Local Kitchen & Beer Bar's arrival on Chippewa Street in downtown Buffalo is a reflection of the entertainment district's changing identity.
Soho Burger Bar and Frankie Primo's +39 were the pioneers of the district's new breed of restaurant-bars, which prove versatile for the lunch crowd and more adult-friendly for bar-goers. Welcome Local, which boasts a terrific list of 40 taps (including almost every local brewery), 14 bottled beers and 22 different varieties of bourbon, as well as staples of Buffalo food.
Formerly the nightclub Noir, Local is laid out similarly to Soho in that the oval-shaped bar is at the center of the room, with tables for dining near the front and side walls.
As Buffalo Rising notes, many of the wooden accents come from two demolished barns, lending a "saloon" feel. The new restaurant-bar sits directly east of Jim's Steakout, incredibly convenient for late-night revelers looking to satisfy sudden 4 a.m. hunger pangs.
Local's food menu should be attractive to visitors looking to sample wings, chicken wing dip and a take on a roast beef sandwich, among other sandwiches, pizzas and salads. You can see the full food and drink menus at the bottom of the page.
Consider Local a bar first, restaurant second. Two beers apiece from 12 Gates, 42 North, Big Ditch and Resurgence, three from Hamburg and four from Flying Bison -- all on tap -- are an impressive array of local brews that, to our knowledge, cannot be matched in downtown Buffalo.
Here's a rundown on what we ate (Disclaimer: Our Friday visit was at the tail-end of the restaurant's first week in business, so, like any restaurant, we anticipate improvements in the service and the quality of the food):
Appetizer: Smoky Moons (hand-crusted slices of smoky provolone deep-fried golden-brown on a pool of marinara sauce with fresh basil, $9.95)
Breakdown: These were good for sharing, the coating wasn't excessively greasy and the half-moons came apart easily with a fork (not messy). The provolone wasn't remotely smoky, but overall, this was a solid and fairly creative take on a mozzarella stick.
Appetizer: Buffalo's Best Chicken Wing Dip (shredded chicken with a molten combination of cream cheese, Gorgonzola, Frank's Hot Sauce, cheddar and mozzarella cheeses, and served with homemade tortilla chips, $9.95)
Breakdown: You can tell from the picture above that the chicken wing dip was cooked unevenly (although the chicken was cooked through the entire dish), so that was a little disappointing.
But, the chunks of chicken were large and plentiful, the cream cheese added a richness of flavor and the tortilla chips were unusual -- more puffy than crispy, with an airy texture of a rice cake.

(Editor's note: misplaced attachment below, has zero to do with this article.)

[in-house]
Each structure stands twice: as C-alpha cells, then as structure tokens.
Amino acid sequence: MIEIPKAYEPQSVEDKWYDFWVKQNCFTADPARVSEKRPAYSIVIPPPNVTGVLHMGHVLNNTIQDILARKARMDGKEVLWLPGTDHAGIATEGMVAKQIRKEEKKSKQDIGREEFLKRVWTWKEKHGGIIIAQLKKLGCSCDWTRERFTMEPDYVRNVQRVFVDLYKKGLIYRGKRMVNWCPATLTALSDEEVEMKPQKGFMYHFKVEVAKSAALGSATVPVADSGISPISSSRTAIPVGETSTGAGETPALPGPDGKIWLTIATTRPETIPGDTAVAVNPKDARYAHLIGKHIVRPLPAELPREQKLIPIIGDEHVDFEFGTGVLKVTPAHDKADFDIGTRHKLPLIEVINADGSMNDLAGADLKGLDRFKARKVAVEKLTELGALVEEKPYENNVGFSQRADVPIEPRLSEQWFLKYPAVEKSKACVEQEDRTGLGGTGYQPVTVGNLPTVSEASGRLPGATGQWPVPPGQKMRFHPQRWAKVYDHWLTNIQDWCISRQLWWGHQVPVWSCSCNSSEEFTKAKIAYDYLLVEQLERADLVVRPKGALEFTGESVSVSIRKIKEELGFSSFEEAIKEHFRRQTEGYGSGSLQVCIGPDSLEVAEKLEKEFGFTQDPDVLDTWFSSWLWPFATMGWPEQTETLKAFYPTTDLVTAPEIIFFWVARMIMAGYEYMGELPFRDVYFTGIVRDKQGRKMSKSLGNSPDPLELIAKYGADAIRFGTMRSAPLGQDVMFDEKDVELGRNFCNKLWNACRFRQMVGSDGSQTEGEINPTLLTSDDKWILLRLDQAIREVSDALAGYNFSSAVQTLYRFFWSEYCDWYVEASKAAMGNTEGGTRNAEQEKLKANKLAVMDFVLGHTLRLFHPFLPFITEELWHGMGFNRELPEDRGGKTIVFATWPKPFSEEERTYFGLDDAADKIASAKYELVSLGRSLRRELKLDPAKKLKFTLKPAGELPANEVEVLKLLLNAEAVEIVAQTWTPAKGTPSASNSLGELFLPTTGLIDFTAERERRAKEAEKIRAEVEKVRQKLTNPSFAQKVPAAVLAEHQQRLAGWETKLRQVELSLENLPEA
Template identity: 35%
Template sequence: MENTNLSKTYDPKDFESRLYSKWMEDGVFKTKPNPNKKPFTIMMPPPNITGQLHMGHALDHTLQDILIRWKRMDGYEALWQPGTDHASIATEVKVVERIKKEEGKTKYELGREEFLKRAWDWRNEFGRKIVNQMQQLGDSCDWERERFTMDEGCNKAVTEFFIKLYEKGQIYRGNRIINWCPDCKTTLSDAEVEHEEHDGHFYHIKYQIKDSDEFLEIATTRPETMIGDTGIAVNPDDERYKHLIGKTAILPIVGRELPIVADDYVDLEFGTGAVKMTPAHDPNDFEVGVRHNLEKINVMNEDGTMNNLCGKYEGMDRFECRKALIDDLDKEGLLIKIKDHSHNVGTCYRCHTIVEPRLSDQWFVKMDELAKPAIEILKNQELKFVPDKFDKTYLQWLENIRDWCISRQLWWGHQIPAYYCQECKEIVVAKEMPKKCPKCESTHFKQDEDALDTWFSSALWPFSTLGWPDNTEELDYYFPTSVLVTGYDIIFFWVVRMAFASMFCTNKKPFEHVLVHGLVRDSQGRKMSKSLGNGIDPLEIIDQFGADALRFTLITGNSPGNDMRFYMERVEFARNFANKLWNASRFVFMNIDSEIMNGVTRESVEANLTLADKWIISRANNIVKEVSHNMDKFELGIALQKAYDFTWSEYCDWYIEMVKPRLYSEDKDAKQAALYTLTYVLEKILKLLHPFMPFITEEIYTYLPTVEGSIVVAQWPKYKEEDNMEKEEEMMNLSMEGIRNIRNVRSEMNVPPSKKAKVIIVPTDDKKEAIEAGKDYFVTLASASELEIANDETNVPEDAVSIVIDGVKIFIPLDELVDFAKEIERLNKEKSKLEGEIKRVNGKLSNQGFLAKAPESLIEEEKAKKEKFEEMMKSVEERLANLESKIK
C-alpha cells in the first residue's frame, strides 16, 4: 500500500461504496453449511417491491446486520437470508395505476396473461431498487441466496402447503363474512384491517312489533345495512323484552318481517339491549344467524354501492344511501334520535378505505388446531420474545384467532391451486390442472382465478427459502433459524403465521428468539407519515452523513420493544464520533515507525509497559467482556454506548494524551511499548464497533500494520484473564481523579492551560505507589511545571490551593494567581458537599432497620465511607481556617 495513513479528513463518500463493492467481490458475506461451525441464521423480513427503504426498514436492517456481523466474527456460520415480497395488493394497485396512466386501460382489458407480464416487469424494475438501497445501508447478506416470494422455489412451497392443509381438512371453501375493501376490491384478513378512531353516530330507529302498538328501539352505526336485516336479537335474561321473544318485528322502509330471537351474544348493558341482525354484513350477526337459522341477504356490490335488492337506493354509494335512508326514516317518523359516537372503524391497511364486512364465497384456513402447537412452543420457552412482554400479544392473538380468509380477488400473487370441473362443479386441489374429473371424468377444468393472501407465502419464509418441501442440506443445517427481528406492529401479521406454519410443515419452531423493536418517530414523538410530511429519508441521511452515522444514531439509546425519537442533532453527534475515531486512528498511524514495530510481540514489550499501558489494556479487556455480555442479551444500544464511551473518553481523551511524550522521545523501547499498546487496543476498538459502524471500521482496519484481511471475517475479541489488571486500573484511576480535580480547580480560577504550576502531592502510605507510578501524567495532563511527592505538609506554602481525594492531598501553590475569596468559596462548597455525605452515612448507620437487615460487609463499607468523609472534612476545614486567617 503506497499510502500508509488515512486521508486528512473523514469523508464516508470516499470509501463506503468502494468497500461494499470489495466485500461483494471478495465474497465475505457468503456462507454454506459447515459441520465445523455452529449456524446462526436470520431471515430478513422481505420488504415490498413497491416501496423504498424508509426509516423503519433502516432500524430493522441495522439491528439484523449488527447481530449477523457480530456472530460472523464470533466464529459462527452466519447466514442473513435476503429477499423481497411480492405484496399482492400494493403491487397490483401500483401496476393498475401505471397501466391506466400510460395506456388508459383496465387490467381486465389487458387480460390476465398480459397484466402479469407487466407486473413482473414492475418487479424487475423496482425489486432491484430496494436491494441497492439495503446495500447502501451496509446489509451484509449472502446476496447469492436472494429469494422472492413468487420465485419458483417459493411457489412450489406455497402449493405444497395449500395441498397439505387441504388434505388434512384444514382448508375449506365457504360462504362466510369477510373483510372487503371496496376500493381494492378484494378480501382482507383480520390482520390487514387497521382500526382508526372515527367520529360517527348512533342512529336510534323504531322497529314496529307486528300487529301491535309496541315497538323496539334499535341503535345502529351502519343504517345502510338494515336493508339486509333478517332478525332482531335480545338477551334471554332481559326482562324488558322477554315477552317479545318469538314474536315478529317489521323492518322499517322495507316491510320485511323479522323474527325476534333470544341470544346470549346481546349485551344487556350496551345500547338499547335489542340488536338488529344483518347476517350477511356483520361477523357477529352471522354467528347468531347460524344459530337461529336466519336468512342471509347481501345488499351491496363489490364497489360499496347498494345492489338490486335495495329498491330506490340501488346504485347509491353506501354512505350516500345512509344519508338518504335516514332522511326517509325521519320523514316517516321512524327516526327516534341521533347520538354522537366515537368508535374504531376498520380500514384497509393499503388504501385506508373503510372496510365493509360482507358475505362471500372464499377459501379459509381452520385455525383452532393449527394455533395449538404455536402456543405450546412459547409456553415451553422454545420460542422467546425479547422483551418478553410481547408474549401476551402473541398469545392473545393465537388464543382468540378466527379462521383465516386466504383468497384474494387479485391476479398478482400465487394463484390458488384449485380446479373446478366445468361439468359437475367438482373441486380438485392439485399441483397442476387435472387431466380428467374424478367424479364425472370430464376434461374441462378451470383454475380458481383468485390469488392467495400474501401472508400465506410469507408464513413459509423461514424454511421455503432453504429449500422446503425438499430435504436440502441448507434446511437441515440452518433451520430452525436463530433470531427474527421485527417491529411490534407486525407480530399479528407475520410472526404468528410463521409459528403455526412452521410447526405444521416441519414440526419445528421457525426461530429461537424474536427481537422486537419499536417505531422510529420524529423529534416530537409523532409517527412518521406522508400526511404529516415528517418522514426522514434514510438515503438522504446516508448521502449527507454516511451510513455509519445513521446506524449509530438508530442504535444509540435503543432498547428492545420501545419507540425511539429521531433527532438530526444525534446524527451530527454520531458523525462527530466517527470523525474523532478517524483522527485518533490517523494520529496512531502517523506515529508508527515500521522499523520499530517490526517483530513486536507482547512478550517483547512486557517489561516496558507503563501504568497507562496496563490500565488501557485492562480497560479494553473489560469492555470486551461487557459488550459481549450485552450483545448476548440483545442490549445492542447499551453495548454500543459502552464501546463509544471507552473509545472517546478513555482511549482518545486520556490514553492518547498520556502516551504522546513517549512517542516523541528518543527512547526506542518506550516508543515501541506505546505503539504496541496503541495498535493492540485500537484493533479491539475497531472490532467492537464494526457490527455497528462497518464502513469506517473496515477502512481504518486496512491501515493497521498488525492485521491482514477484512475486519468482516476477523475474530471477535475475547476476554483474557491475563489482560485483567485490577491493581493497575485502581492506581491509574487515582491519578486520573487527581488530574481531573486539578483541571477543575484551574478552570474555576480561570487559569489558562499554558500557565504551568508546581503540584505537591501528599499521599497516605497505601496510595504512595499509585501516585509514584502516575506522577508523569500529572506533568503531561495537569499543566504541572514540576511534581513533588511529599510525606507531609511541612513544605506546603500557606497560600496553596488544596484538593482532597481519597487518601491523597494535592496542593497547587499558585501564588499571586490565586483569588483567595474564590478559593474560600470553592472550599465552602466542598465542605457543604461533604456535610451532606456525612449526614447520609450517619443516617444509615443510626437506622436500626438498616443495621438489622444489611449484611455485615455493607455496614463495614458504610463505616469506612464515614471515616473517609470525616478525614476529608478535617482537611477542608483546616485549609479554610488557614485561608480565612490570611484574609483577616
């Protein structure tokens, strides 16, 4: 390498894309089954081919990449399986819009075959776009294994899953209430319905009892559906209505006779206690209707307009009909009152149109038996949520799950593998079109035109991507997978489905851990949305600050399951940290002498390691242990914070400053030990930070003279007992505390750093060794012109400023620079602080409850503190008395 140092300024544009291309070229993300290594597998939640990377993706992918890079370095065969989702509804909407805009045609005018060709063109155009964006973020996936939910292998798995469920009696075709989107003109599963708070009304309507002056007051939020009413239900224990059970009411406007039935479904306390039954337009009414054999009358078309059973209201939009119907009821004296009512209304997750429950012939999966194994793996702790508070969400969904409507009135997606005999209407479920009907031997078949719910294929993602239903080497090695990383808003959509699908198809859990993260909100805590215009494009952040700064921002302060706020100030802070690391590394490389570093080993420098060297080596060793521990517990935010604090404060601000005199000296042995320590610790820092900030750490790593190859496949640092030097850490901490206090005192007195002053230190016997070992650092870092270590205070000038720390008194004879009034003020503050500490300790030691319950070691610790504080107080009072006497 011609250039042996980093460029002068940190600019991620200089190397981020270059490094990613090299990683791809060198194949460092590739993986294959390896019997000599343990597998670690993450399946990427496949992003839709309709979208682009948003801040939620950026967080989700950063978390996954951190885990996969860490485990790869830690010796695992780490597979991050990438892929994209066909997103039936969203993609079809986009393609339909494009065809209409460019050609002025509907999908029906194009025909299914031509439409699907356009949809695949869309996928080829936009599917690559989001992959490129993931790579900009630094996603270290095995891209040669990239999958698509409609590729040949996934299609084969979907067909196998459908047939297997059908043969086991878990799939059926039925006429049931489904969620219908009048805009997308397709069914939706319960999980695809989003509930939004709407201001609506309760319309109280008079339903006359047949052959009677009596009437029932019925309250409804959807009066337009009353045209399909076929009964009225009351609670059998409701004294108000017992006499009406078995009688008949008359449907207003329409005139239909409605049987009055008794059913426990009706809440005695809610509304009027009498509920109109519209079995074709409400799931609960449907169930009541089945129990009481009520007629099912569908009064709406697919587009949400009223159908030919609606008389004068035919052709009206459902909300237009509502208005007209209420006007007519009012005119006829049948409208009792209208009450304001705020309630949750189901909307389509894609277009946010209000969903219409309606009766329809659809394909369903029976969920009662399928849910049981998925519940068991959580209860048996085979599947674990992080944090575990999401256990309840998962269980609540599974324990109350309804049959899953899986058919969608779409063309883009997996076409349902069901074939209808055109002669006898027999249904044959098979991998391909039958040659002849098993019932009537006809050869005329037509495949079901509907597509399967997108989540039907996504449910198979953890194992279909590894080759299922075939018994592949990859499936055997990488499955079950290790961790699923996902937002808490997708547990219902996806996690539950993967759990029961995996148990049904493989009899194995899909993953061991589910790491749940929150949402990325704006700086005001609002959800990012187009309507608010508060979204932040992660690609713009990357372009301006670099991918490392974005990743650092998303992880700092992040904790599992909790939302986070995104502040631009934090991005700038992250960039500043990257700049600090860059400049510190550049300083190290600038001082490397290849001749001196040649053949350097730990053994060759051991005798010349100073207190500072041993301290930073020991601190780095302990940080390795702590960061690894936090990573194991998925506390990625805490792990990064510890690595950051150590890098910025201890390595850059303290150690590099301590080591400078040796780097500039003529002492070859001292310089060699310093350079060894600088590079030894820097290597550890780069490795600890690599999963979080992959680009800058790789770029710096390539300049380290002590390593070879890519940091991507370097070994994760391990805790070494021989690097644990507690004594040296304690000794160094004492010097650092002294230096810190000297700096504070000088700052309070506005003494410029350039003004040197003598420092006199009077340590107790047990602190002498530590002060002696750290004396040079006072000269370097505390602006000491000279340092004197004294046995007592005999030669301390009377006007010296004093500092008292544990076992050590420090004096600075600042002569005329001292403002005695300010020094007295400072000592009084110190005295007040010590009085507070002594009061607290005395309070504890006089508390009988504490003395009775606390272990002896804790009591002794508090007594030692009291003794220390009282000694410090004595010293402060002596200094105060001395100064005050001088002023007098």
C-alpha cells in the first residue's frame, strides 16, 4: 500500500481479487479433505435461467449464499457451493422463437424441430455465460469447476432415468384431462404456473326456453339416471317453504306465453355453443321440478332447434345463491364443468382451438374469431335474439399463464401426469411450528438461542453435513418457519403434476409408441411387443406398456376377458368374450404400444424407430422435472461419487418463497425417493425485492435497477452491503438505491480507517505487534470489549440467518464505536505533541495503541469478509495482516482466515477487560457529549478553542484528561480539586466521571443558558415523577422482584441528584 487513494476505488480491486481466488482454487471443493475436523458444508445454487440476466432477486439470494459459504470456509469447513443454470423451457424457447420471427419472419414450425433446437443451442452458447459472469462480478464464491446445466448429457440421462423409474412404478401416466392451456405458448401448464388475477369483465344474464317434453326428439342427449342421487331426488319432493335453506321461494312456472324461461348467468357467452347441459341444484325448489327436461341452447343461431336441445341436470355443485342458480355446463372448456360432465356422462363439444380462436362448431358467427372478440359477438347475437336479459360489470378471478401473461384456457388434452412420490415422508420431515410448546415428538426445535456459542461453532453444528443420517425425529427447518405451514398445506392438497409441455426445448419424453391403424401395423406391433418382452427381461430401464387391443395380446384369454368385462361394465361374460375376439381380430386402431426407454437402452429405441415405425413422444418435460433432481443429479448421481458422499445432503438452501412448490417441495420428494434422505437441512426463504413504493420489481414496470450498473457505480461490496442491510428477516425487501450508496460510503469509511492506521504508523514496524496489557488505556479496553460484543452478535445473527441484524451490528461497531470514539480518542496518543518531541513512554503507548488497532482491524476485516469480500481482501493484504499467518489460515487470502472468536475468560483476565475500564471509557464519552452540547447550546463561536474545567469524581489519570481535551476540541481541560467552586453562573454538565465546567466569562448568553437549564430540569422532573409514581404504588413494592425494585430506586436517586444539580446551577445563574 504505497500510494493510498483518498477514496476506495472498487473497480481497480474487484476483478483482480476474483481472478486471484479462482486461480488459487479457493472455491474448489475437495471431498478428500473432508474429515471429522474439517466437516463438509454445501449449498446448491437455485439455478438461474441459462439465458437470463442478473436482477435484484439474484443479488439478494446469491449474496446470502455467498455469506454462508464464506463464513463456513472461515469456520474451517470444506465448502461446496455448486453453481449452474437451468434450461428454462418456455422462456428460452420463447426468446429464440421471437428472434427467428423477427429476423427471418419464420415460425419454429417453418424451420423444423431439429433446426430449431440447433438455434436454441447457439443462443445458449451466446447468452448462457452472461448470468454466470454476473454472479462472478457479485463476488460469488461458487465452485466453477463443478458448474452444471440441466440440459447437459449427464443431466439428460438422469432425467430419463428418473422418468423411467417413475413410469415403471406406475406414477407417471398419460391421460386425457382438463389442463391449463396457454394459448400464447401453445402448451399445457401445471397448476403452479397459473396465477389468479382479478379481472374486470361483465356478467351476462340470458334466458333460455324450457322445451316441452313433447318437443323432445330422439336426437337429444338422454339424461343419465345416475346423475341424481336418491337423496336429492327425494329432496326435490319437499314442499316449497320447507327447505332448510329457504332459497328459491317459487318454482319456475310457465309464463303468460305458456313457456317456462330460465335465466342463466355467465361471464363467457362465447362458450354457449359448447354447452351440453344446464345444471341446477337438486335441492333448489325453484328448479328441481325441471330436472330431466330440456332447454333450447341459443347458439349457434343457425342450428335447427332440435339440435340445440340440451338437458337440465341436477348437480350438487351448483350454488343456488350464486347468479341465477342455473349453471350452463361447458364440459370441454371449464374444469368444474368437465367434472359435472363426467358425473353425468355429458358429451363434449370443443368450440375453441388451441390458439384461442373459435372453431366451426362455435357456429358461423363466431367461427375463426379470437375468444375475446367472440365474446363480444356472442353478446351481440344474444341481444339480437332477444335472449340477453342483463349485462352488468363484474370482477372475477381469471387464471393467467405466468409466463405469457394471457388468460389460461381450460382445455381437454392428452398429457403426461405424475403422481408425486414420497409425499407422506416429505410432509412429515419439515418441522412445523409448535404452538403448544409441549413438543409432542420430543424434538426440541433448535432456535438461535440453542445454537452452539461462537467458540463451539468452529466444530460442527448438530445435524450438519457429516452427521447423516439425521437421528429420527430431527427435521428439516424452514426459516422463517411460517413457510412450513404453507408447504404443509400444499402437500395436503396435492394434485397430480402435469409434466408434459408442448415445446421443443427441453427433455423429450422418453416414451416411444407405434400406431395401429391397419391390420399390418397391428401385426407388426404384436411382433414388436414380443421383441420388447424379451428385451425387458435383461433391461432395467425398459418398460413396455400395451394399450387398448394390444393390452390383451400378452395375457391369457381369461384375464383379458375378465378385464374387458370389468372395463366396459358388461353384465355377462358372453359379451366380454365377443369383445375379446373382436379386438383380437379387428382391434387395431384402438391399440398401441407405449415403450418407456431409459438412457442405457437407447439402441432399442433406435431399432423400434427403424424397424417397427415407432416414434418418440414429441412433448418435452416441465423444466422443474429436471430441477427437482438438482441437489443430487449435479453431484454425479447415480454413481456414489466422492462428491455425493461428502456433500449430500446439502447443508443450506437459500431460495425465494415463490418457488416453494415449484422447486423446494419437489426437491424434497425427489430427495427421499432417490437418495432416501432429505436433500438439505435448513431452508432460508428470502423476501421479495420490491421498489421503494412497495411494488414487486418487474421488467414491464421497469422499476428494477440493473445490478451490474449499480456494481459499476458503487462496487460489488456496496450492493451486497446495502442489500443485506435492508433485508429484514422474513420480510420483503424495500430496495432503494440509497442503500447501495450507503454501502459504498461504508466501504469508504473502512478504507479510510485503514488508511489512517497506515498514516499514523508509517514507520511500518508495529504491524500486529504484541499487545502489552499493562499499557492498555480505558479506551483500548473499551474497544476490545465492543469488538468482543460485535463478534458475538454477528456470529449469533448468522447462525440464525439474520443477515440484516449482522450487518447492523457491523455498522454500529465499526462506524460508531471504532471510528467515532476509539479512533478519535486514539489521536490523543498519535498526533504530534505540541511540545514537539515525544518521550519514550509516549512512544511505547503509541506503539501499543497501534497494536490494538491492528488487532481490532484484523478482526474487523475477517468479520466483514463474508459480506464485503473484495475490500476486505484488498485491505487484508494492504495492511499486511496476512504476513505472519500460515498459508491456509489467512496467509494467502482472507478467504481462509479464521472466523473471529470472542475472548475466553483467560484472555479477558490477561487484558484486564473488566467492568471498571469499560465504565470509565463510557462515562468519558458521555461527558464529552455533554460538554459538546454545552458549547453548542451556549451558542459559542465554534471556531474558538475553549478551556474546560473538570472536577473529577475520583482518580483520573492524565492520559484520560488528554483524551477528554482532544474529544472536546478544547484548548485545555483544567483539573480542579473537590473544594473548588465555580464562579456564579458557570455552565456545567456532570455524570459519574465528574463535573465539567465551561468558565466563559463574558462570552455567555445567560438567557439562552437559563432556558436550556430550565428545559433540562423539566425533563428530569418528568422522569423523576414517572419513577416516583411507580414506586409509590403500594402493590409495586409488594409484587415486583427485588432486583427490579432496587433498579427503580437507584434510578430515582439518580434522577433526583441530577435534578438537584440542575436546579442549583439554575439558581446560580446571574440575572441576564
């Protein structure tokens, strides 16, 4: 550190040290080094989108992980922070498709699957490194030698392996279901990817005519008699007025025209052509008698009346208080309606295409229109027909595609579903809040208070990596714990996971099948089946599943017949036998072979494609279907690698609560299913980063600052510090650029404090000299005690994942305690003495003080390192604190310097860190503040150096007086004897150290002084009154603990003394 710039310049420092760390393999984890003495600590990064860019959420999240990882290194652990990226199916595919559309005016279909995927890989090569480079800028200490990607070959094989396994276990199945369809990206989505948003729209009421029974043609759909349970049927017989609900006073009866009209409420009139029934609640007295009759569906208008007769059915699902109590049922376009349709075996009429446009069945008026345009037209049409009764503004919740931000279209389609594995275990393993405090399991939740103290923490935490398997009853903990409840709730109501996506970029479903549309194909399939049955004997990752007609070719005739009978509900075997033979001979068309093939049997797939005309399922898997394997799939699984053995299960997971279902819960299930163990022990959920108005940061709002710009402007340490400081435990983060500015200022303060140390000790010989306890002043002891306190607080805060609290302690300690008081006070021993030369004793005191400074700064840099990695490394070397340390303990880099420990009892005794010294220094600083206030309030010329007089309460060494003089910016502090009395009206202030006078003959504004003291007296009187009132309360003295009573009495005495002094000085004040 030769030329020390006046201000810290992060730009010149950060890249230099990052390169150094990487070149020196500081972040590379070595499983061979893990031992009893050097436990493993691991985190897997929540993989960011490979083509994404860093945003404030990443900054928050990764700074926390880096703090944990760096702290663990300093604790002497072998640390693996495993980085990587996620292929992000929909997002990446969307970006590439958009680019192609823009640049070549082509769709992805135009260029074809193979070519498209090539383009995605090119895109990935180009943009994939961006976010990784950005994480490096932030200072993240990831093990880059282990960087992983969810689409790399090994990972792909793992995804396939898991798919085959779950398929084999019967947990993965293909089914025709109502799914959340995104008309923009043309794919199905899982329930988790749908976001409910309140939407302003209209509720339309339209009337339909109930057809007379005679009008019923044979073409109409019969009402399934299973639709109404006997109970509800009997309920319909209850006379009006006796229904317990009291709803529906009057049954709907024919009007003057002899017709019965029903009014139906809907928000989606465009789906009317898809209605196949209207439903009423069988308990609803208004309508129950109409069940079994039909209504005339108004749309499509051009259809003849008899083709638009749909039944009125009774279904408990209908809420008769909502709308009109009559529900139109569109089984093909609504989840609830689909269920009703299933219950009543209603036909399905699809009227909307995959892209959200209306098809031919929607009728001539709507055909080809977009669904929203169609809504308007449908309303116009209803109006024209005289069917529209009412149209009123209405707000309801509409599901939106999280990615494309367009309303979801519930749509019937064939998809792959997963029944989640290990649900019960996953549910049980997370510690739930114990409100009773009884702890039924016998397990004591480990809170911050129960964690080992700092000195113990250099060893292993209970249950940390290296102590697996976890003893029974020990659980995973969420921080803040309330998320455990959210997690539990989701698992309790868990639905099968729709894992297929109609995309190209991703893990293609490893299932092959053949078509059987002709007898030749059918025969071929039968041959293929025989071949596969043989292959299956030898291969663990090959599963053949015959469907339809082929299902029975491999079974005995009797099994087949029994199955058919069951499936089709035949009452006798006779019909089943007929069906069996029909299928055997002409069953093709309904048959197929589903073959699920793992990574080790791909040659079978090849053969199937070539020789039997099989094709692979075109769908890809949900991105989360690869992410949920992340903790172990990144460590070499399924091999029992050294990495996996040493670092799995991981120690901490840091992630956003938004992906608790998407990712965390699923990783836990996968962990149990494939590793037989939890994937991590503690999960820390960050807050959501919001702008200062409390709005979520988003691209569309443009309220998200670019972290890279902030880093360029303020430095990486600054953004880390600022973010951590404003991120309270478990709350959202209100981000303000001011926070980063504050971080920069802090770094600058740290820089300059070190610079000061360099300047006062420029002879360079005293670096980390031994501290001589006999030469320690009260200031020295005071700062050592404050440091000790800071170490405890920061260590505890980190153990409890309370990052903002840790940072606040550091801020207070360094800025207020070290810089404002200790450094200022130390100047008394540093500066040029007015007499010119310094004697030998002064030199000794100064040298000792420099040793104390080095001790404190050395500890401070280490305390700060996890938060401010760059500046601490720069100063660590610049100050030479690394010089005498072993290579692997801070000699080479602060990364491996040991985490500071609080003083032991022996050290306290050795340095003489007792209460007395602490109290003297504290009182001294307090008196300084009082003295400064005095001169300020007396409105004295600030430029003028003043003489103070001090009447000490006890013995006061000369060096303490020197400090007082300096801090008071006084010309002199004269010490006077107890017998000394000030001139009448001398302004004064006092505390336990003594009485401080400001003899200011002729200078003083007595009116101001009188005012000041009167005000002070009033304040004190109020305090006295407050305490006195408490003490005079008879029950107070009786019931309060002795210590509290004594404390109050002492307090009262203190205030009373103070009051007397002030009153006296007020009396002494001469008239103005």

Main dish: Cuban Torta (slow-roasted pulled pork and Camilla ham on a warm ciabatta roll topped with dill pickles, Swiss cheese and homemade chocolate stout brat mustard, $12.95)
Breakdown: This was more of a twist on a Cuban than a true representation, and it was a little dry and feeble in flavor. The homemade chocolate stout brat mustard was better than we expected -- the best bites seemed to be the ones heavy on the condiment.
More pickles -- or pickles stronger in flavor -- would have enhanced rather than hindered. The "Sidewinder Fries," which came with the sandwiches, were pleasing to the eye and softer than they were crunchy.
Main dish: Smoked brisket burger (Seasoned brisket burger topped with portobello mushrooms and Gorgonzola cheese, on a rustic roll with a "spicy kicky" sauce, $13.95)
Breakdown: The size of the burger paired with the price, and we enjoyed the generous mushroom slab and the crusty outside of the burger, but inside it was overcooked (asked for some pink, got no pink). Many restaurants, especially new ones, will cook on the conservative side of your preference.
I don't know if it was the sharpness of the Gorgonzola or the overcooked meat, but it was hard to appreciate the brisket's flavor.
Main dish: Ribeye steak sandwich (char-grilled 8-ounce ribeye steak with sauteed peppers, onions and our homemade smoked provolone cheese on garlic-butter grilled ciabatta roll, $13.95)
Breakdown: It's probably unfair to compare Local's steak sandwich to the Old Pink's legendary behemoth. But, while the peppers, onions and cheese were fine, the ribeye was so thin that it was almost impossible to cook to order.
We asked for medium rare, but we received medium to medium-well. This harkens back to the previous note about conservative cooking of meats, which is fine, but still worth noting.
One part that grew on me as I mowed through the sandwich: the garlic-butter on the ciabatta roll was an underrated addition.
With bigger appetites, we would have also tried the Local roast beef ($12.95), the chicken and pepper jack taquitos ($9.95) and the Chef's Homemade Veggie Burger ($11.95).
For now, Local Kitchen and Beer Bar boasts an outstanding beer selection, a sprawling bar area and food fitting for a curious visitor. Although it's still early, the appetizers trumped the main dishes, and "okay with plenty of room for improvement" is a decent way to sum up the food offerings.
Info: Local Kitchen and Beer Bar, 88 W. Chippewa St., 849-1000
Email Ben Tsujimoto at firstname.lastname@example.org